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Lorenzo Ruiz and Companions: Lawrence (Lorenzo) was born in Manila of a Chinese father and a Filipino mother, both Christians. Thus he learned Chinese and Tagalog from them and Spanish from the Dominicans whom he served as altar boy and sacristan. He became a professional calligrapher, transcribing documents in beautiful penmanship. He was a full member of the Confraternity of the Holy Rosary under Dominican auspices. He married and had two sons and a daughter.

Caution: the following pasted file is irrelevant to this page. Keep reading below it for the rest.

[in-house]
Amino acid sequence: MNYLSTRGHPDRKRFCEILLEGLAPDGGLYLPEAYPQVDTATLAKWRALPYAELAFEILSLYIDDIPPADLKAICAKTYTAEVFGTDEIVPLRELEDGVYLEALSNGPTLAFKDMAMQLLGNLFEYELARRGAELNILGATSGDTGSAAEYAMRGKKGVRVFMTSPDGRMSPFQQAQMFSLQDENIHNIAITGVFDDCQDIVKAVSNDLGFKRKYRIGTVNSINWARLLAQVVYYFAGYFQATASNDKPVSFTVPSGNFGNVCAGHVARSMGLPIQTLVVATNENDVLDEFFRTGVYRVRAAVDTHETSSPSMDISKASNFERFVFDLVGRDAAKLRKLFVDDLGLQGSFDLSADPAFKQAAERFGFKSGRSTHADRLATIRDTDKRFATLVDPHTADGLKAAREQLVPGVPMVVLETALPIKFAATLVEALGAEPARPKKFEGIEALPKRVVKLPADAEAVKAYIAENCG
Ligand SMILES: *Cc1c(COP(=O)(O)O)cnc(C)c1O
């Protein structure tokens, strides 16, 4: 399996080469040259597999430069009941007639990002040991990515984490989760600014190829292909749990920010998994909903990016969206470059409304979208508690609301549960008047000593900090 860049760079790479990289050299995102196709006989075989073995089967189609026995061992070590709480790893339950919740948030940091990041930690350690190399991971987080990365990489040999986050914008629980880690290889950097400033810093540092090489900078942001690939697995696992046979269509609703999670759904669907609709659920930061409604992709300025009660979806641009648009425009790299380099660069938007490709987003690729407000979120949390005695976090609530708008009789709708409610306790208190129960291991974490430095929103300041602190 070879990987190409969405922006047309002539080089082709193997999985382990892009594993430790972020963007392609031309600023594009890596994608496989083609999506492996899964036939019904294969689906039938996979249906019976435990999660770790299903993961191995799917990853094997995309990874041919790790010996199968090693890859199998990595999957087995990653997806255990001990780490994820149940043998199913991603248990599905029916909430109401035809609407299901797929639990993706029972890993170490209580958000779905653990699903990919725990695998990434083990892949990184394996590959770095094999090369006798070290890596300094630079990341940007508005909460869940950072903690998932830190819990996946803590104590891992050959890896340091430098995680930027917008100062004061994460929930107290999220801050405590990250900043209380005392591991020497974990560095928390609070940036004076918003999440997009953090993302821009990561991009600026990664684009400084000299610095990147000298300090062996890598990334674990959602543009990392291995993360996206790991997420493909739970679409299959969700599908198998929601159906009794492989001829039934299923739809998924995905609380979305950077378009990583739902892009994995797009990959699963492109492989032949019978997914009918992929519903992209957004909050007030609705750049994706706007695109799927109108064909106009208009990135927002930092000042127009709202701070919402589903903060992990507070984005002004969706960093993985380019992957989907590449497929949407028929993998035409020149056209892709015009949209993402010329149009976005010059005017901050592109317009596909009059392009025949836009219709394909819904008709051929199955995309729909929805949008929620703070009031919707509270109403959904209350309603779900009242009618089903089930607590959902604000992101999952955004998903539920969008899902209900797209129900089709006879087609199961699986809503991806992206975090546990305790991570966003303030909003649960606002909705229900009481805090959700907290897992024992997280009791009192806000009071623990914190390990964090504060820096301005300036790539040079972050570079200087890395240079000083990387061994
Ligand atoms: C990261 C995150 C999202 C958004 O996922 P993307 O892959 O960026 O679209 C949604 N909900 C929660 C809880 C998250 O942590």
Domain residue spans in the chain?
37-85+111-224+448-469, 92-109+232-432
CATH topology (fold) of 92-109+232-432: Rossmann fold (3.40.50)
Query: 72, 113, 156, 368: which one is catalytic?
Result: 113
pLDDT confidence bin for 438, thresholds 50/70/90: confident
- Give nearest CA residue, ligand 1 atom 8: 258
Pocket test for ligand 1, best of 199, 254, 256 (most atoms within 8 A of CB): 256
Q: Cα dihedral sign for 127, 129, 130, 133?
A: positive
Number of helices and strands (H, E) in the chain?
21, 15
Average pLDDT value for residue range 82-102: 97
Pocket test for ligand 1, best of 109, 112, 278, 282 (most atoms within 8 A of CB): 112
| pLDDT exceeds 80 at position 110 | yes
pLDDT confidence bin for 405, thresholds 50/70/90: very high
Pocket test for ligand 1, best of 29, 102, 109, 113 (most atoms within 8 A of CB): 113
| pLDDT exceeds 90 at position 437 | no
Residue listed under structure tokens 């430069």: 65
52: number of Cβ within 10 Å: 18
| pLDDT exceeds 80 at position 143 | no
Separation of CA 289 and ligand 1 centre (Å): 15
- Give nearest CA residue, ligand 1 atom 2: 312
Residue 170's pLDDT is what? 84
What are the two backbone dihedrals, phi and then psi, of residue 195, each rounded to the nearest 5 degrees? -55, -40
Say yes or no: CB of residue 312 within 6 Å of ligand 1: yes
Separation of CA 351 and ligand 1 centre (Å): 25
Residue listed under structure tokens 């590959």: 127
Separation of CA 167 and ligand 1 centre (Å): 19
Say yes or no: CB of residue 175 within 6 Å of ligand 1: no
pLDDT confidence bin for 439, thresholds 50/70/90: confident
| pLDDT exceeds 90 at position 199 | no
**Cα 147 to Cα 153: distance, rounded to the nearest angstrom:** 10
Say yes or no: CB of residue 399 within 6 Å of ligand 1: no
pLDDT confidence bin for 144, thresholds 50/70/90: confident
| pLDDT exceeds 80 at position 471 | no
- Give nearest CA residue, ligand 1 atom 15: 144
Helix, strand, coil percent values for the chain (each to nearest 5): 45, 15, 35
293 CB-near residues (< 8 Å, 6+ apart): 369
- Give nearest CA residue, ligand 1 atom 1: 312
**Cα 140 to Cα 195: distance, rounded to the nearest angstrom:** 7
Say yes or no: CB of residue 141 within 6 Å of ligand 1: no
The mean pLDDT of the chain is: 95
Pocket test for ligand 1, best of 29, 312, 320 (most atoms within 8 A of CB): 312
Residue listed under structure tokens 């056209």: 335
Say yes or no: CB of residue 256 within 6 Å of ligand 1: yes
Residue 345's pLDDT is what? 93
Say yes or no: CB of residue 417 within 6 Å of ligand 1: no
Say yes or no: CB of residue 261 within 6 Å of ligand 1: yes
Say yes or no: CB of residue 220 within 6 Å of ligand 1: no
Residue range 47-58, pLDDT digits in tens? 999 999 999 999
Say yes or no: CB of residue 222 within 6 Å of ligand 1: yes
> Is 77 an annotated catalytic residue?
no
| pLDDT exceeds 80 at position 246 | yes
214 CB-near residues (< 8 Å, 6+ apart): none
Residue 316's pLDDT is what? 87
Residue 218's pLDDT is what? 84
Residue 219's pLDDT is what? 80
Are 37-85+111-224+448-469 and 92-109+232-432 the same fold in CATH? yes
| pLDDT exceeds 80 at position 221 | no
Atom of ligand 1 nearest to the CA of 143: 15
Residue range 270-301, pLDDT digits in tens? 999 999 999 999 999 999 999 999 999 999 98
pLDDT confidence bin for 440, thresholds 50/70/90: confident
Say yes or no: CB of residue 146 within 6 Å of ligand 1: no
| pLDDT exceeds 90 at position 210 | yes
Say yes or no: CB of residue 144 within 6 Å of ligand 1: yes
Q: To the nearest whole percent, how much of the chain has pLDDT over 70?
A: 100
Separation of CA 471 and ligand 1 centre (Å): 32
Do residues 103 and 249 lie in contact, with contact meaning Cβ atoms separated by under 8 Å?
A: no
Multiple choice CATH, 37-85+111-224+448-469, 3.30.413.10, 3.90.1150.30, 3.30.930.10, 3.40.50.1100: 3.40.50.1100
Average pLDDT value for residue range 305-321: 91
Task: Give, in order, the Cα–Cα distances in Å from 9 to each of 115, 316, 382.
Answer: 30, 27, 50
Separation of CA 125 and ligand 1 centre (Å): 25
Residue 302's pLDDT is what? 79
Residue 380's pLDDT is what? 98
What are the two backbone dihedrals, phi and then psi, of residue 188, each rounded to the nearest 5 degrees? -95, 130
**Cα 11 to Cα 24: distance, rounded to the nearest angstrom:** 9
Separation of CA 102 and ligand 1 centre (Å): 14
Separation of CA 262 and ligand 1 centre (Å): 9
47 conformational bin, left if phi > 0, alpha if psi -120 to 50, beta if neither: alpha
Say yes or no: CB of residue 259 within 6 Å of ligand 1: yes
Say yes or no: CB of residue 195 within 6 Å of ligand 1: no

<p>His life took an abrupt turn when he was accused of murder. Nothing further is known except the statement of two Dominicans that "he was sought by the authorities on account of a homicide to which he was present or which was attributed to him." </p><p>At that time three Dominican priests, Antonio Gonzalez, Guillermo Courtet and Miguel de Aozaraza, were about to sail to Japan in spite of a violent persecution there. With them was a Japanese priest, Vicente Shiwozuka de la Cruz, and a layman named Lazaro, a leper. Lorenzo, having taken asylum with them, was allowed to accompany them. But only when they were at sea did he learn that they were going to Japan. </p><p>They landed at Okinawa. Lorenzo could have gone on to Formosa, but, he reported, "I decided to stay with the Fathers, because the Spaniards would hang me there." In Japan they were soon found out, arrested and taken to Nagasaki. The site of wholesale bloodshed when the atomic bomb was dropped had known tragedy before. The 50,000 Catholics who once lived there were dispersed or killed by persecution. </p><p>They were subjected to an unspeakable kind of torture: After huge quantities of water were forced down their throats, they were made to lie down. Long boards were placed on their stomachs and guards then stepped on the ends of the boards, forcing the water to spurt violently from mouth, nose and ears. </p><p>The superior, Antonio, died after some days. Both the Japanese priest and Lazaro broke under torture, which included the insertion of bamboo needles under their fingernails. But both were brought back to courage by their companions. </p><p>In Lorenzo's moment of crisis, he asked the interpreter, "I would like to know if, by apostatizing, they will spare my life." The interpreter was noncommittal, but Lorenzo, in the ensuing hours, felt his faith grow strong. He became bold, even audacious, with his interrogators. </p><p>The five were put to death by being hanged upside down in pits. Boards fitted with semicircular holes were fitted around their waists and stones put on top to increase the pressure. They were tightly bound, to slow circulation and prevent a speedy death. They were allowed to hang for three days. By that time Lorenzo and Lazaro were dead. The three Dominican priests, still alive, were beheaded. </p><p>In 1987, Blessed John Paul II canonized these six and 10 others, Asians and Europeans, men and women, who spread the faith in the Philippines, Formosa and Japan. Lorenzo Ruiz is the first canonized Filipino martyr.</p> American Catholic Blog We don’t have to scrub off our sin so God can love us. Instead, when we allow God’s healing love to touch us, we want to leave sin behind. Growth starts in love, not in guilt.